Despite Tom’s career taking him to far-flung destinations all over the world, he has always maintained his close connections to Cork, so it is only fitting that he should receive his PhD from his original alma mater of UCC. Tom speaks fondly of what he describes as “the golden era of law lecturers” at UCC, but notes that his PhD supervisor, Professor Owen McIntyre, could have easily fit into their company, owing in particular to his vision of fostering a PhD programme for non-academics who had years of practical experience in their chosen field of study – people like Tom himself.

Commenting on Tom’s recent PhD success, Professor Owen McIntyre said:

Tom’s immense life-long contribution to the field of customs law, and his continuing commitment to advancing and improving this specialist area of legal practice, should be an inspiration to legal scholars and practitioners everywhere.  I am delighted to have had the privilege to work with Tom, from whom I have learned a great deal, on this ground-breaking doctoral research project.  It is fitting that UCC School of Law should have this opportunity to acknowledge and honour Tom’s outstanding role in the evolution of customs law globally.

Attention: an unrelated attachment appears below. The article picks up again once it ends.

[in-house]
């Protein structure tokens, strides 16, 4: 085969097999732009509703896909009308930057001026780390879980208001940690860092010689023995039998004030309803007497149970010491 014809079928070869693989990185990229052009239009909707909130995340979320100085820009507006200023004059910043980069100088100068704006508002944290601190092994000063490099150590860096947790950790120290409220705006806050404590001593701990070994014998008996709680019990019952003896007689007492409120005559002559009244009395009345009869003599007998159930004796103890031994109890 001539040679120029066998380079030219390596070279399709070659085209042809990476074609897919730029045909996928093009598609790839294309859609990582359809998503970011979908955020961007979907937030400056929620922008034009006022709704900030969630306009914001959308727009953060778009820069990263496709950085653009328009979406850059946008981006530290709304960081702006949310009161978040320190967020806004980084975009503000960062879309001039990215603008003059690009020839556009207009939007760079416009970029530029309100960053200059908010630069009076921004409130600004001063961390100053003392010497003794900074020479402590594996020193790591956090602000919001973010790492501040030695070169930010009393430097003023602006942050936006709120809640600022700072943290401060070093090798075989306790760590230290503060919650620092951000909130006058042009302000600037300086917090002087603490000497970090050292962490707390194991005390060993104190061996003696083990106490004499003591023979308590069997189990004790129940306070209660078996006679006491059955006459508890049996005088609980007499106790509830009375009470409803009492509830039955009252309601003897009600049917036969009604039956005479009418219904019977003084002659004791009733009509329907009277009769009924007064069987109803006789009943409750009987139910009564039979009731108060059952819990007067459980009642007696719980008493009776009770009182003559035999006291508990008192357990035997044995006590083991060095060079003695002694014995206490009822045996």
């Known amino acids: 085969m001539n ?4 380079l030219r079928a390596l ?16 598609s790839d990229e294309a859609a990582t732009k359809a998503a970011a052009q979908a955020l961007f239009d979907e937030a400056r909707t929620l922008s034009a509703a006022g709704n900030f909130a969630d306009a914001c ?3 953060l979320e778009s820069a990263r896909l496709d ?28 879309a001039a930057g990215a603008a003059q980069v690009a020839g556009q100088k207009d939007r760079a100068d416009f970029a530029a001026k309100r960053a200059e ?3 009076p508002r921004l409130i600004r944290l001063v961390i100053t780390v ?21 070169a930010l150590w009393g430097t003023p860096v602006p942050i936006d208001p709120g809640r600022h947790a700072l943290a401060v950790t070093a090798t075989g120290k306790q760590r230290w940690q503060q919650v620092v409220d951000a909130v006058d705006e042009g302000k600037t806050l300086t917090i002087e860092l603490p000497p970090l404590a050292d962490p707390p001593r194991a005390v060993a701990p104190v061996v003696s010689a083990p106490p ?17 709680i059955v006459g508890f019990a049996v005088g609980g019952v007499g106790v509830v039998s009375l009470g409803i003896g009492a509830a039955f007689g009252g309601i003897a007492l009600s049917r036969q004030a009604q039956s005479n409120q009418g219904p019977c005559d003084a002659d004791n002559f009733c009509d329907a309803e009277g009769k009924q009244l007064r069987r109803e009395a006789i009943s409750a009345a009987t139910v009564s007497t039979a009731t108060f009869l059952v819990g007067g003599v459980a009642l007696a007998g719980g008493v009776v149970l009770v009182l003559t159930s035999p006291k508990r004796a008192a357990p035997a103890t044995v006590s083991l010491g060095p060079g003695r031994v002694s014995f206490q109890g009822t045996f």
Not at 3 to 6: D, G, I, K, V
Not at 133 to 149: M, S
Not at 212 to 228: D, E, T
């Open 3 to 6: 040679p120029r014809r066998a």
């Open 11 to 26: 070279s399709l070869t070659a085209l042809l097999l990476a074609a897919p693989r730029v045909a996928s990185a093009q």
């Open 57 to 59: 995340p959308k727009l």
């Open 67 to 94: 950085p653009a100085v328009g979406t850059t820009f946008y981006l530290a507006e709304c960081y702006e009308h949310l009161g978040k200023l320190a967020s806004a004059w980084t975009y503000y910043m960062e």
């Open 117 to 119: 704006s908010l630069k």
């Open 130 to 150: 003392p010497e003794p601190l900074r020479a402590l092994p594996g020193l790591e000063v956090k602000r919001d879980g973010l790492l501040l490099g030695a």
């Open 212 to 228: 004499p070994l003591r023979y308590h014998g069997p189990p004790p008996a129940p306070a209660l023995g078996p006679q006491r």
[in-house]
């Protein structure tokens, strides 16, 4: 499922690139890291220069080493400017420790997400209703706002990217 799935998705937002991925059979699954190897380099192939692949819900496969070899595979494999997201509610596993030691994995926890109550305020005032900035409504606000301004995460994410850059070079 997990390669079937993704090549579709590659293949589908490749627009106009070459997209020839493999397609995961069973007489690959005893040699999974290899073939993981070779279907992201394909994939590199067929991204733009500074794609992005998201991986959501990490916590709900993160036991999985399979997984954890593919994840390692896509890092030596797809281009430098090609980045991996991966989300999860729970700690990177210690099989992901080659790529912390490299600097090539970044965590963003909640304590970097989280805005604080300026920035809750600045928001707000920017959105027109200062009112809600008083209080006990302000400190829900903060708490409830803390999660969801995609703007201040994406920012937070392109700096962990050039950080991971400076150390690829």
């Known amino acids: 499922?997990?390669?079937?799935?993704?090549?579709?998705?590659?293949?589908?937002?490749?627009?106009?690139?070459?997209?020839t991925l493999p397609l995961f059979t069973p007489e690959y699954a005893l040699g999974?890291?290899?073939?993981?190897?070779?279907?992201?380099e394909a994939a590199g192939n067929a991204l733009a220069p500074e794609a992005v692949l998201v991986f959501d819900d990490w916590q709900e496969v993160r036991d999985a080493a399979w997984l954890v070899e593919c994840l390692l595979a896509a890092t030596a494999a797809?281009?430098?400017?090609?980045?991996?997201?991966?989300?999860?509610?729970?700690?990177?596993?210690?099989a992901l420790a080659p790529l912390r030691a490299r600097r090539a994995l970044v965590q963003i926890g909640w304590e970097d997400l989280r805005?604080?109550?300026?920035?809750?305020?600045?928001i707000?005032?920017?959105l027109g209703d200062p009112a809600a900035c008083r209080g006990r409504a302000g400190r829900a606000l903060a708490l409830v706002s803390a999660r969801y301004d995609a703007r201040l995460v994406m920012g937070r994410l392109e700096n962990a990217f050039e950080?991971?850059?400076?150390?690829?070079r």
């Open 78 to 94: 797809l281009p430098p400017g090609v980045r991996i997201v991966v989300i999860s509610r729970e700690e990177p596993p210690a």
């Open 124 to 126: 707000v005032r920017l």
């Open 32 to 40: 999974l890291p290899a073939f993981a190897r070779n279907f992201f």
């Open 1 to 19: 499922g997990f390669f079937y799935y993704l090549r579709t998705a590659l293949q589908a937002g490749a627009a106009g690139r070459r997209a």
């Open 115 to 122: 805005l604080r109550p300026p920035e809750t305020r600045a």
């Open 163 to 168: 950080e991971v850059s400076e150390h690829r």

Professor Mark Poustie, Dean of School of Law added:

Many congratulations on behalf of the School of Law to Tom Walsh on securing his PhD, an achievement which crowns his distinguished career as an expert in customs law and practice.   The School is committed to lifelong learning and Tom’s fantastic achievement really demonstrates that lifelong learning never stops.

It is only right that the last words of this feature should go to Tom Walsh himself, as he celebrates his successful viva and reflects on not only the years gone by, but what’s next as he looks to the future.

The great thing about a UCC degree is that it allows you to hold your own anywhere throughout the world. Having worked with 40 odd countries, I found that it was an added bonus to be Irish in every sense of the word! As to the future, I would like UCC to be the first Irish university to provide for the study of customs law and practice.

Congratulations to Tom from all your friends at UCC School of Law!